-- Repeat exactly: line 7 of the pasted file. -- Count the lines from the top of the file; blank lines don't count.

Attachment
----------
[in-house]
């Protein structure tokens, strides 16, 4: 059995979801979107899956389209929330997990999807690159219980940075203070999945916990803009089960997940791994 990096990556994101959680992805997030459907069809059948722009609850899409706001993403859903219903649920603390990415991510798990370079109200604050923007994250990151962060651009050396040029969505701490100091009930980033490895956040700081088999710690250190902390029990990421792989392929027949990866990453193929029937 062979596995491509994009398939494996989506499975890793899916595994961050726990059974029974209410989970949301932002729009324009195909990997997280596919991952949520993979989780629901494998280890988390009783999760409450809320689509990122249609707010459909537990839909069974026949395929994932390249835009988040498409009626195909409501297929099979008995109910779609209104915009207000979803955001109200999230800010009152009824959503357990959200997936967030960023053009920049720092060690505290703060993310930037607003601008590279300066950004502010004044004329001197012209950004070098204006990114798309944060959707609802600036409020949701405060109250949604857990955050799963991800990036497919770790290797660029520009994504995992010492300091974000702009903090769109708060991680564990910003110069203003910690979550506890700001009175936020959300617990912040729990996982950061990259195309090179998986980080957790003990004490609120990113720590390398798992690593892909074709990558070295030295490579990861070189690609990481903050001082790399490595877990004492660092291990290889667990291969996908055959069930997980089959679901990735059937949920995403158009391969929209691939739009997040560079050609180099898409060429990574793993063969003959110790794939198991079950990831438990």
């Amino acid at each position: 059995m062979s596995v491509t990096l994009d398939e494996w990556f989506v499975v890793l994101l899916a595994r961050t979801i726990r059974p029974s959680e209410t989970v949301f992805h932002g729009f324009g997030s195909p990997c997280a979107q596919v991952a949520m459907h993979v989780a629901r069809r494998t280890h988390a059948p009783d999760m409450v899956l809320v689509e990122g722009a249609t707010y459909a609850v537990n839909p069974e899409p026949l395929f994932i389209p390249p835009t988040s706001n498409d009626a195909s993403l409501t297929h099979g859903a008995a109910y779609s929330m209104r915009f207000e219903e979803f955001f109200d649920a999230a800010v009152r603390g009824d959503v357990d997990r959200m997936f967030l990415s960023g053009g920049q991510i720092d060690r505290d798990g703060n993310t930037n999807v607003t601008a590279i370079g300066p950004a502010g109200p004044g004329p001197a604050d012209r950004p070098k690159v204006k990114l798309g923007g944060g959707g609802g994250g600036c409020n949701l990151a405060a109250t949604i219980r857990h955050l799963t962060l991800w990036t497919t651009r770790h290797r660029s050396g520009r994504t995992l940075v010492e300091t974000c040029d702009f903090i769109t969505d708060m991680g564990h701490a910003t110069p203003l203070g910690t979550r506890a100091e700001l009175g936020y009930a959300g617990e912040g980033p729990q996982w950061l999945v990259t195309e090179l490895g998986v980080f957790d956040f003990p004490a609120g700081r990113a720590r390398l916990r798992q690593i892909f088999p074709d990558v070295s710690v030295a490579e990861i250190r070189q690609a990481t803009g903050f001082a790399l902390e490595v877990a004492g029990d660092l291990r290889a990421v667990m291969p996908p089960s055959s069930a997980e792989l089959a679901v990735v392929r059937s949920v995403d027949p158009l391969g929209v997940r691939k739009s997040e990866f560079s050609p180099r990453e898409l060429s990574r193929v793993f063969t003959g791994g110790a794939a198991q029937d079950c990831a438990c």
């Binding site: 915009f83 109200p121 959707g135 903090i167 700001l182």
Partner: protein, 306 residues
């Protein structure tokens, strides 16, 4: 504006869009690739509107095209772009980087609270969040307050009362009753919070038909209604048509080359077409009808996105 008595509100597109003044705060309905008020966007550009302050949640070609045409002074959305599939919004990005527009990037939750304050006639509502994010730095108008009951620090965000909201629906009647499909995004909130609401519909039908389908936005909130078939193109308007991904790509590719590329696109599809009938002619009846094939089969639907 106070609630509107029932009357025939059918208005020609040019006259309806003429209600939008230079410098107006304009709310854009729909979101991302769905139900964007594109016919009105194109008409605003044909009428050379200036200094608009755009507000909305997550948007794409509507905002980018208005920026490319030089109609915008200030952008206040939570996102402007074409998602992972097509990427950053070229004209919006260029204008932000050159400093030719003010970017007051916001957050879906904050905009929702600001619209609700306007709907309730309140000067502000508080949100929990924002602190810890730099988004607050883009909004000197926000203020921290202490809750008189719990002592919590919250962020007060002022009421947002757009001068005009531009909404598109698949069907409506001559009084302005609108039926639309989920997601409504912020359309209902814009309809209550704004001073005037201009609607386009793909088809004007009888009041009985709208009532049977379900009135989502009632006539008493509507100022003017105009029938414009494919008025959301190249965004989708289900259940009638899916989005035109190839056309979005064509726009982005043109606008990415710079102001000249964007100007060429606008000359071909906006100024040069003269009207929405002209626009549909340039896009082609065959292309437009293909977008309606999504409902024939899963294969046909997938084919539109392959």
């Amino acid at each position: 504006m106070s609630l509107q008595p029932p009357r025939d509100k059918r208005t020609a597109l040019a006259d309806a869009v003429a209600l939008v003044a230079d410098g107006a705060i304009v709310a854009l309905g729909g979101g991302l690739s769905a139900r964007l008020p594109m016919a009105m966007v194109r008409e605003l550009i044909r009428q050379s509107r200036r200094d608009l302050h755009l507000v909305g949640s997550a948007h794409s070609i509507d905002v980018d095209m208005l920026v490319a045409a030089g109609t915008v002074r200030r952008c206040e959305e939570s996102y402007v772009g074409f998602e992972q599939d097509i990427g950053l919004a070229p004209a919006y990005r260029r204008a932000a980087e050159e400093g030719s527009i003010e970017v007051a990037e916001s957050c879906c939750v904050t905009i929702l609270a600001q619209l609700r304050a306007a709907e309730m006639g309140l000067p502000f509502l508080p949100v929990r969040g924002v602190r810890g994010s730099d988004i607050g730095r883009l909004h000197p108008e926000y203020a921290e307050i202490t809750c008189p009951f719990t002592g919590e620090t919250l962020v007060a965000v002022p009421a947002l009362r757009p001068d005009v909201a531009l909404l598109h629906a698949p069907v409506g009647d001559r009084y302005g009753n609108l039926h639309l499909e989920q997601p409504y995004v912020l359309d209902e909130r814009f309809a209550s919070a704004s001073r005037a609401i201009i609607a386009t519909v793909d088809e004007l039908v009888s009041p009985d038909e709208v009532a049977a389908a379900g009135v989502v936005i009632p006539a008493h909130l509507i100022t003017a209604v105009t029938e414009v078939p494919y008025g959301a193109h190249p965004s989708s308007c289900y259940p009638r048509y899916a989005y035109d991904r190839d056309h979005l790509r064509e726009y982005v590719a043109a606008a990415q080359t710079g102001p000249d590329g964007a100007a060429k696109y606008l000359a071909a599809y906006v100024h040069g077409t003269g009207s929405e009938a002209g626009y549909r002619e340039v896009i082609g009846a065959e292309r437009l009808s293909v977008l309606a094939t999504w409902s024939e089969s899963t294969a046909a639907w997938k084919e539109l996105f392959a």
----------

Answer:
């Amino acid at each position: 504006m106070s609630l509107q008595p029932p009357r025939d509100k059918r208005t020609a597109l040019a006259d309806a869009v003429a209600l939008v003044a230079d410098g107006a705060i304009v709310a854009l309905g729909g979101g991302l690739s769905a139900r964007l008020p594109m016919a009105m966007v194109r008409e605003l550009i044909r009428q050379s509107r200036r200094d608009l302050h755009l507000v909305g949640s997550a948007h794409s070609i509507d905002v980018d095209m208005l920026v490319a045409a030089g109609t915008v002074r200030r952008c206040e959305e939570s996102y402007v772009g074409f998602e992972q599939d097509i990427g950053l919004a070229p004209a919006y990005r260029r204008a932000a980087e050159e400093g030719s527009i003010e970017v007051a990037e916001s957050c879906c939750v904050t905009i929702l609270a600001q619209l609700r304050a306007a709907e309730m006639g309140l000067p502000f509502l508080p949100v929990r969040g924002v602190r810890g994010s730099d988004i607050g730095r883009l909004h000197p108008e926000y203020a921290e307050i202490t809750c008189p009951f719990t002592g919590e620090t919250l962020v007060a965000v002022p009421a947002l009362r757009p001068d005009v909201a531009l909404l598109h629906a698949p069907v409506g009647d001559r009084y302005g009753n609108l039926h639309l499909e989920q997601p409504y995004v912020l359309d209902e909130r814009f309809a209550s919070a704004s001073r005037a609401i201009i609607a386009t519909v793909d088809e004007l039908v009888s009041p009985d038909e709208v009532a049977a389908a379900g009135v989502v936005i009632p006539a008493h909130l509507i100022t003017a209604v105009t029938e414009v078939p494919y008025g959301a193109h190249p965004s989708s308007c289900y259940p009638r048509y899916a989005y035109d991904r190839d056309h979005l790509r064509e726009y982005v590719a043109a606008a990415q080359t710079g102001p000249d590329g964007a100007a060429k696109y606008l000359a071909a599809y906006v100024h040069g077409t003269g009207s929405e009938a002209g626009y549909r002619e340039v896009i082609g009846a065959e292309r437009l009808s293909v977008l309606a094939t999504w409902s024939e089969s899963t294969a046909a639907w997938k084919e539109l996105f392959a």